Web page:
Let’s Talk Blood Pressure
Earlier this month, the American Medical Association announced new guidelines defining blood pressure ranges. Based on this report, nearly half of all Americans are now being classified as having high blood pressure.
But let’s back up a bit and start with the basics.
What is blood pressure?
When your heart beats, it is pumping blood throughout your body. Blood pressure measures the force of the blood against your artery walls as it flows through them. When your blood pressure is high, it means your arteries are receiving too much pressure on a consistent basis. It can also indicate a strain on your heart, which is why monitoring your blood pressure is so important.
Systolic vs. Diastolic
When you have your blood pressure measured, you see two numbers.
The top number is your systolic blood pressure. This measures the pressure of blood pumping through your blood vessels. You know how the nurse has to tighten that cuff around your arm to get your blood pressure reading? That’s because they need to get the pressure to be higher than your systolic pressure.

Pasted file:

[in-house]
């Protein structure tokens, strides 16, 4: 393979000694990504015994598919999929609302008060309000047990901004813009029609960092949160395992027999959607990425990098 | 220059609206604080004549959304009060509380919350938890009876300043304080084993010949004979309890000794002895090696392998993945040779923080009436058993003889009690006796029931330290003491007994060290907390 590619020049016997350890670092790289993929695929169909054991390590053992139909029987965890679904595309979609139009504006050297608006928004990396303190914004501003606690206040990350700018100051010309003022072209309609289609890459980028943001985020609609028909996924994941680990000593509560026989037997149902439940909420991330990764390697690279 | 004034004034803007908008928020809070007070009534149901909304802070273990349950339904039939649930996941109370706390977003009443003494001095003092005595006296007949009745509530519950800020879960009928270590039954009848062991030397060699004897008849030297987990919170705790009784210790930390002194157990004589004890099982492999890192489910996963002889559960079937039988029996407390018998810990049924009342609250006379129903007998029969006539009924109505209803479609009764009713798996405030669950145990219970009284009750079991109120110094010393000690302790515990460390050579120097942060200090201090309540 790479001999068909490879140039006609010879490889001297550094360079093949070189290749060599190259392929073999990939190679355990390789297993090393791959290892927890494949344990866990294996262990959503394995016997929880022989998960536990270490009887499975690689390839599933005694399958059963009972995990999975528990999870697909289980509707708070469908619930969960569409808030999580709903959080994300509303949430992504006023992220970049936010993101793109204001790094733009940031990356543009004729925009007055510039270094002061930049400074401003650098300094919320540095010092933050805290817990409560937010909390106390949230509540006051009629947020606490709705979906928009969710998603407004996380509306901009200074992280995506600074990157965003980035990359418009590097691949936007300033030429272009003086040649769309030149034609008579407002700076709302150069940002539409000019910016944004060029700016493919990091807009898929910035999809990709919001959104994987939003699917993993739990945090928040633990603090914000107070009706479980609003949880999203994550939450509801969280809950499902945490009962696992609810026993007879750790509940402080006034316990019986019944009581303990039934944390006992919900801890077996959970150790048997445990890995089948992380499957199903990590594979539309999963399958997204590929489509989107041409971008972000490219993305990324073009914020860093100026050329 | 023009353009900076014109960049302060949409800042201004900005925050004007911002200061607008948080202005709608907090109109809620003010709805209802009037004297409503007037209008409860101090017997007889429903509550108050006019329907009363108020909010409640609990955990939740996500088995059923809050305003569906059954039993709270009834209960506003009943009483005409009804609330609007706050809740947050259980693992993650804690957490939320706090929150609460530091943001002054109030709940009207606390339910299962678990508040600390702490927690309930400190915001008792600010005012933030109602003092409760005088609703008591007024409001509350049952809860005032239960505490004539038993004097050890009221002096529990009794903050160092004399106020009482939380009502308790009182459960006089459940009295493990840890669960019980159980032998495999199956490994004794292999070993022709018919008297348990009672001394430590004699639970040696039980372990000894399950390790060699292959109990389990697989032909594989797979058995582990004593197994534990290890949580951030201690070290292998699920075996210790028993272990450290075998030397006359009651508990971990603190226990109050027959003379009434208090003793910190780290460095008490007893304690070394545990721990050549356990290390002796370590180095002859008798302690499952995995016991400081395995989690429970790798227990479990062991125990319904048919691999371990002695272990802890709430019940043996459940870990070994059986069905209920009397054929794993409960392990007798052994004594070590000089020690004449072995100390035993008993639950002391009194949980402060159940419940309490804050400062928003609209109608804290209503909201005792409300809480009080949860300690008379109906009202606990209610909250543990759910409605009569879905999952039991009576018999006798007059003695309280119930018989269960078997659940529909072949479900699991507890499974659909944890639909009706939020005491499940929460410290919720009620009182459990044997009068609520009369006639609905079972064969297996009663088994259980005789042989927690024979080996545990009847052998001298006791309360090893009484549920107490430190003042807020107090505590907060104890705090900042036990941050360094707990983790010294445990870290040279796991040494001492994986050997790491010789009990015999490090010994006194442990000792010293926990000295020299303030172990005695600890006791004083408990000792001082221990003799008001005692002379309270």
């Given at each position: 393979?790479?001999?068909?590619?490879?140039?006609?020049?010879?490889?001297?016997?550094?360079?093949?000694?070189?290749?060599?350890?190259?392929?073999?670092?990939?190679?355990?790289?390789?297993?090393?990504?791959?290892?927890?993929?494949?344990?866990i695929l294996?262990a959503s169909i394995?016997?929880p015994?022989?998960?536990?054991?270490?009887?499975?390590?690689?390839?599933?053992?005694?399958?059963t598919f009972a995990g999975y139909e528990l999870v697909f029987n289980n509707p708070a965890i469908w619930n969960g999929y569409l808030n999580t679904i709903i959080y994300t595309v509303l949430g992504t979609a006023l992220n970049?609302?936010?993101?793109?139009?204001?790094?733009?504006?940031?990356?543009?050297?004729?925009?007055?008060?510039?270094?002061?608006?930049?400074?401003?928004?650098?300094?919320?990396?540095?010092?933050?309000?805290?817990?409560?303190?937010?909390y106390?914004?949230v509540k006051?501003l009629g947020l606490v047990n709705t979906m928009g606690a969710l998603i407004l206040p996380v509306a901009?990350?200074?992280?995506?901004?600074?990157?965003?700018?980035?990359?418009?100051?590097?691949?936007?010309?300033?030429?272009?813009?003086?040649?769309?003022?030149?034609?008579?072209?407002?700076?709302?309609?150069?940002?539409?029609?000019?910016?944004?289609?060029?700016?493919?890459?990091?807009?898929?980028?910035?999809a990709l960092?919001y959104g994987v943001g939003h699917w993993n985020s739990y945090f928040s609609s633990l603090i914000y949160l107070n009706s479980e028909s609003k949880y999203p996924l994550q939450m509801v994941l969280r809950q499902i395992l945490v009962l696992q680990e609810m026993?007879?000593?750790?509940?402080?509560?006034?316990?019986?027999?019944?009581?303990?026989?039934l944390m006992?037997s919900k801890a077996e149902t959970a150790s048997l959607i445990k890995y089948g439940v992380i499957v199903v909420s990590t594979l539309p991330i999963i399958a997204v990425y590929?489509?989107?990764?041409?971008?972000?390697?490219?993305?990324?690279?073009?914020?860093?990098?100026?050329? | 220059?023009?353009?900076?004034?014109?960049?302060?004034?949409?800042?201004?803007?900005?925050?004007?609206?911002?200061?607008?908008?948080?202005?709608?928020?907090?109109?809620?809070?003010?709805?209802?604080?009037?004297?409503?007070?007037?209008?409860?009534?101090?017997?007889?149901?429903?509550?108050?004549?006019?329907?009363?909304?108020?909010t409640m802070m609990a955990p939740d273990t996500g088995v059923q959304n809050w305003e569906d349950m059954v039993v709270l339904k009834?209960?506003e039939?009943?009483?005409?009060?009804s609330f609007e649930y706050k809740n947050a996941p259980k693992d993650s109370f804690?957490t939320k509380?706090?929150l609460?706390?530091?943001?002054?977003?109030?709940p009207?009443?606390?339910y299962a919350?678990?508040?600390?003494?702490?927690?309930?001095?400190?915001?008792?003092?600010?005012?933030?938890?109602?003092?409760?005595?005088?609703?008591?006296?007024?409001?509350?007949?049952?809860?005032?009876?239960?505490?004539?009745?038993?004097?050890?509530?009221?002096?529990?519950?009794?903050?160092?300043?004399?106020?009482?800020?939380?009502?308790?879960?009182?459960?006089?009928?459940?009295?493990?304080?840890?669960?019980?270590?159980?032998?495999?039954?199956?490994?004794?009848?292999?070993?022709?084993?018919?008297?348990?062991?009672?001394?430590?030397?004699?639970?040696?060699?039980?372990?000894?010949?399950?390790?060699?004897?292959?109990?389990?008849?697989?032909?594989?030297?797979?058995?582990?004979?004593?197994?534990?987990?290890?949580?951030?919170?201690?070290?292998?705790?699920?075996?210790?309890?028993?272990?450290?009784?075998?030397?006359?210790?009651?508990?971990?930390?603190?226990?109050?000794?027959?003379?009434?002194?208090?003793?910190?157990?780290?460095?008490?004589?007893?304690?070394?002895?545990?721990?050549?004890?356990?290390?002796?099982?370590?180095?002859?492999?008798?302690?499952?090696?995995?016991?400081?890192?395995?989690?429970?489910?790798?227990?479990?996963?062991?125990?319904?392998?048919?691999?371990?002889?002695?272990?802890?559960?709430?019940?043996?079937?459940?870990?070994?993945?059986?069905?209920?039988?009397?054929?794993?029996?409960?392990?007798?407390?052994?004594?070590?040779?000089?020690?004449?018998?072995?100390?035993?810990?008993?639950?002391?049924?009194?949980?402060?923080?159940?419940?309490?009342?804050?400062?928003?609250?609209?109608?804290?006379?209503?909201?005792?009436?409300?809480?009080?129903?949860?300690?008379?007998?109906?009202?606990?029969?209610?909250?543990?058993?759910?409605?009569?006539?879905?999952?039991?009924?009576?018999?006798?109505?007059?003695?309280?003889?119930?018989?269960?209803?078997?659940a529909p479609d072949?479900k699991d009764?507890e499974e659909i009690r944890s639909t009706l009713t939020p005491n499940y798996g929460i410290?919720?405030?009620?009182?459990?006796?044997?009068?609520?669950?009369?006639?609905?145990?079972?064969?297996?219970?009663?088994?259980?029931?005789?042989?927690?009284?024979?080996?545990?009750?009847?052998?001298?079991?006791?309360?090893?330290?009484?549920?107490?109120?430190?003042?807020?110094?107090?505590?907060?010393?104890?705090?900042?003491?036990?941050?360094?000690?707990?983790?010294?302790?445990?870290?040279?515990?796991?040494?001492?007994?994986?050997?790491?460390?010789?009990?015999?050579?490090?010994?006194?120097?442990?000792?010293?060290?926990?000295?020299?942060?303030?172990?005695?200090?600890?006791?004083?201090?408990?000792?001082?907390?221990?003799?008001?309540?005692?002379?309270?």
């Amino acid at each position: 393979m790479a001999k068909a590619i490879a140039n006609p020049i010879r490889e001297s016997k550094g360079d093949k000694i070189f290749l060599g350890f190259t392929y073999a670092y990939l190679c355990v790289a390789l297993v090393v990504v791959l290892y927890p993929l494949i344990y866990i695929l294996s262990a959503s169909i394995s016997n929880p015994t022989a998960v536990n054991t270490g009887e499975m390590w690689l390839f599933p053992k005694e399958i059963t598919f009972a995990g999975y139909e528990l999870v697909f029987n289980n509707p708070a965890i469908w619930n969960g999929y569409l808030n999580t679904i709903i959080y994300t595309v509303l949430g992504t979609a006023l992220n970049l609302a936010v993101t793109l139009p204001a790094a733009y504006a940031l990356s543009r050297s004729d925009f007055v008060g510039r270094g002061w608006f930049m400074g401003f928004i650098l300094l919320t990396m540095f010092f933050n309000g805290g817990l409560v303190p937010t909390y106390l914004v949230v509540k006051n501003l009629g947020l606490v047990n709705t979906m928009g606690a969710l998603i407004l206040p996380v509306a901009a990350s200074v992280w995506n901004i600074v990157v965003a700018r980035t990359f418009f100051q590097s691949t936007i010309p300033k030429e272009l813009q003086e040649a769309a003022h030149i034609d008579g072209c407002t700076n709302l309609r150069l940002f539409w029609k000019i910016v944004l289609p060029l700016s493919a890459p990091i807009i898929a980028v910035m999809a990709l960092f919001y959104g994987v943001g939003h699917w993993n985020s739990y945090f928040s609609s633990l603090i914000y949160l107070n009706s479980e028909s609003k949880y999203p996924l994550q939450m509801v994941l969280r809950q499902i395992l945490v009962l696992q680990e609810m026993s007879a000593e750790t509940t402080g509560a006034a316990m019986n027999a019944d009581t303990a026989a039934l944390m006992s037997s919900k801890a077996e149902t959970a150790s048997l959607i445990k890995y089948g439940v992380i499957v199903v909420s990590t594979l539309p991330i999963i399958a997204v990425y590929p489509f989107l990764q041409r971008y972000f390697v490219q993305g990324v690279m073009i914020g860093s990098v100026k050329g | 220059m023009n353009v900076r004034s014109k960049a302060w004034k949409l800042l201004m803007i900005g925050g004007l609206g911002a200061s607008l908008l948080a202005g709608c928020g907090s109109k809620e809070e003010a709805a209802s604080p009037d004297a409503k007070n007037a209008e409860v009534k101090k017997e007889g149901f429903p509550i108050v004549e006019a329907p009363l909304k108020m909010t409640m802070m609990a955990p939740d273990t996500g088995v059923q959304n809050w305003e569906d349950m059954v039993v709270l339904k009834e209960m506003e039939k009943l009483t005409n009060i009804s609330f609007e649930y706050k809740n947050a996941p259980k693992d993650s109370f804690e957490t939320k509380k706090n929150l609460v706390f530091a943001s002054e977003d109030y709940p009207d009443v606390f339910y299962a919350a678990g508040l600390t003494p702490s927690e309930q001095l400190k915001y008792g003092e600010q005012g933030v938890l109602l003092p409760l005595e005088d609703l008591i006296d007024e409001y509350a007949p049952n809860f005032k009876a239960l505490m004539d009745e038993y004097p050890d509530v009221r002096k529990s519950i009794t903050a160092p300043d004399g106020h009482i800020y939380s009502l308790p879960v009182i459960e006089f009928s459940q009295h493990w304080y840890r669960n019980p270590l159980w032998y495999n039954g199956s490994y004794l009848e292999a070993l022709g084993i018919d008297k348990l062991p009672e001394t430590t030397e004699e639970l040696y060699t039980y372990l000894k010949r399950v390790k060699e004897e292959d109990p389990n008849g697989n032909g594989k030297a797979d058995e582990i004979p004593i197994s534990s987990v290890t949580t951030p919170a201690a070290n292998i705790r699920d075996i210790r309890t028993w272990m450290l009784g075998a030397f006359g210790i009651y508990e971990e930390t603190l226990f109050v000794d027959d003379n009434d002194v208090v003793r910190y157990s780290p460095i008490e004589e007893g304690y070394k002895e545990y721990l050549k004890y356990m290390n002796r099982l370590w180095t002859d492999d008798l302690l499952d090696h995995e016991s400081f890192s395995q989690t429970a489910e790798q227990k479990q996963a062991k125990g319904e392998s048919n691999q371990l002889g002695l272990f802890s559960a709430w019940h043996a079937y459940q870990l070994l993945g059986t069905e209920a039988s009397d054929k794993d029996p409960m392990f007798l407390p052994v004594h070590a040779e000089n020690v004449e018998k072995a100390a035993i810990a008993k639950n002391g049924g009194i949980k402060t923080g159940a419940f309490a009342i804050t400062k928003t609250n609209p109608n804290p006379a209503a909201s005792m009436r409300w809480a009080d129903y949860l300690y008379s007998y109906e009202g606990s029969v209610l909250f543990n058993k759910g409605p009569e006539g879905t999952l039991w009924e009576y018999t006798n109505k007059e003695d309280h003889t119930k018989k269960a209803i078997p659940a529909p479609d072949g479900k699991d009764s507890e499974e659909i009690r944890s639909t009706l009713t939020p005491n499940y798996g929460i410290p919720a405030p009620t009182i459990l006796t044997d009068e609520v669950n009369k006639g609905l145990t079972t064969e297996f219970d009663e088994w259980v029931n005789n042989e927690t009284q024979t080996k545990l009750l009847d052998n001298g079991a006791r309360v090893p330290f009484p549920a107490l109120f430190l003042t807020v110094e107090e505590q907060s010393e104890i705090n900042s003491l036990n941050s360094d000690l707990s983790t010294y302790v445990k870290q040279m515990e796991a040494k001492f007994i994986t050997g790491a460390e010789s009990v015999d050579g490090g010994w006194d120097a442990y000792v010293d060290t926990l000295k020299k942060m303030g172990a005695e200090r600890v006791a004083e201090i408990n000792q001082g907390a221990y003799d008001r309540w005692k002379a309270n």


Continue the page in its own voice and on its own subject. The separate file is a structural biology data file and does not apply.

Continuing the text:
The bottom number is your diastolic blood pressure. This number represents the pressure in your arteries between heartbeats (your heart is resting).
So what exactly does this newest report from the AMA say? High blood pressure is now considered to be above 130 (systolic) and above 80 (diastolic). Previous to this, high blood pressure was defined as being above 140/90. So now, people who previously were considered to have a normal blood pressure reading are facing a high blood pressure reading.
But that doesn’t necessarily mean medical action is needed; it’s probably just time for some lifestyle modifications. Think exercising to strengthen your heart, eating a nutritious and heart-healthy diet (omega-3’s anyone?), as well as a diet low-salt, losing weight if overweight, and watching your alcohol consumption. Of course, check with your doctor along the way.
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